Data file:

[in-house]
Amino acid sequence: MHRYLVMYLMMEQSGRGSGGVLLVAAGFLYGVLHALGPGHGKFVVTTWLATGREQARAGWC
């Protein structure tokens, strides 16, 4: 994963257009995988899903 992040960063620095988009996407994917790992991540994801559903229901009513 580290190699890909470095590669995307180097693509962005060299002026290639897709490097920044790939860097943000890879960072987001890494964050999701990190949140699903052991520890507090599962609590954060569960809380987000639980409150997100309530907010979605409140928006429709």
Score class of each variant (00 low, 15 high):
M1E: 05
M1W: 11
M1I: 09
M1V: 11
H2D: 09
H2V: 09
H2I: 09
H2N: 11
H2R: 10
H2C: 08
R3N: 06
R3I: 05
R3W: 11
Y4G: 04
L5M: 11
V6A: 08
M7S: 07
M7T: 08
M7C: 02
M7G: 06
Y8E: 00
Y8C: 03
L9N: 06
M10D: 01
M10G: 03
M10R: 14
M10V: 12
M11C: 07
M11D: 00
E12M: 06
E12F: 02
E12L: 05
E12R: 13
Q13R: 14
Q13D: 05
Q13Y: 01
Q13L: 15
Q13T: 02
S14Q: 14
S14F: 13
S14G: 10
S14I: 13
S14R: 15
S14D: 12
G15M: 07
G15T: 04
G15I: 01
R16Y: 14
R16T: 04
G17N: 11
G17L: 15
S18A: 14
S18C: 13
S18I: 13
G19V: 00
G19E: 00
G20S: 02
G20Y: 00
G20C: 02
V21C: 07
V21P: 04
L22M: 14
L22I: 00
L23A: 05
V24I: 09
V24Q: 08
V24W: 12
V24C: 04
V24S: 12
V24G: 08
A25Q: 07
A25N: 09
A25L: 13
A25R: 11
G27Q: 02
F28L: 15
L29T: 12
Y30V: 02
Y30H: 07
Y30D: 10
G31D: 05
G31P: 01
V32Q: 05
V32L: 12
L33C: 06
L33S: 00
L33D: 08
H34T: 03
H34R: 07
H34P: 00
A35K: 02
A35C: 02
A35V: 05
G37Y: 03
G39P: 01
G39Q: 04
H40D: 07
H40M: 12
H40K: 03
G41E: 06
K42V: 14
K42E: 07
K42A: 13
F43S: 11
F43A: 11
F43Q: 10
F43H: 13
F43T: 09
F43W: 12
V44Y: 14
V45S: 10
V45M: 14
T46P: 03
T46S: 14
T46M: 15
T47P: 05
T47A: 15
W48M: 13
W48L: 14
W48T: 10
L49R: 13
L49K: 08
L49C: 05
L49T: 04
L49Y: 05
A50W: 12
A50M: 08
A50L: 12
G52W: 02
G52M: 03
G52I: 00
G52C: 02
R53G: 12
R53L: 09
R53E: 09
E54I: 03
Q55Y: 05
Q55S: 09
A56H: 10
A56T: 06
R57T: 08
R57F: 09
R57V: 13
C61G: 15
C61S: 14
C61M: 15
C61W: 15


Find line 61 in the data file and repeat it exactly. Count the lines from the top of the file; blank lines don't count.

G20S: 02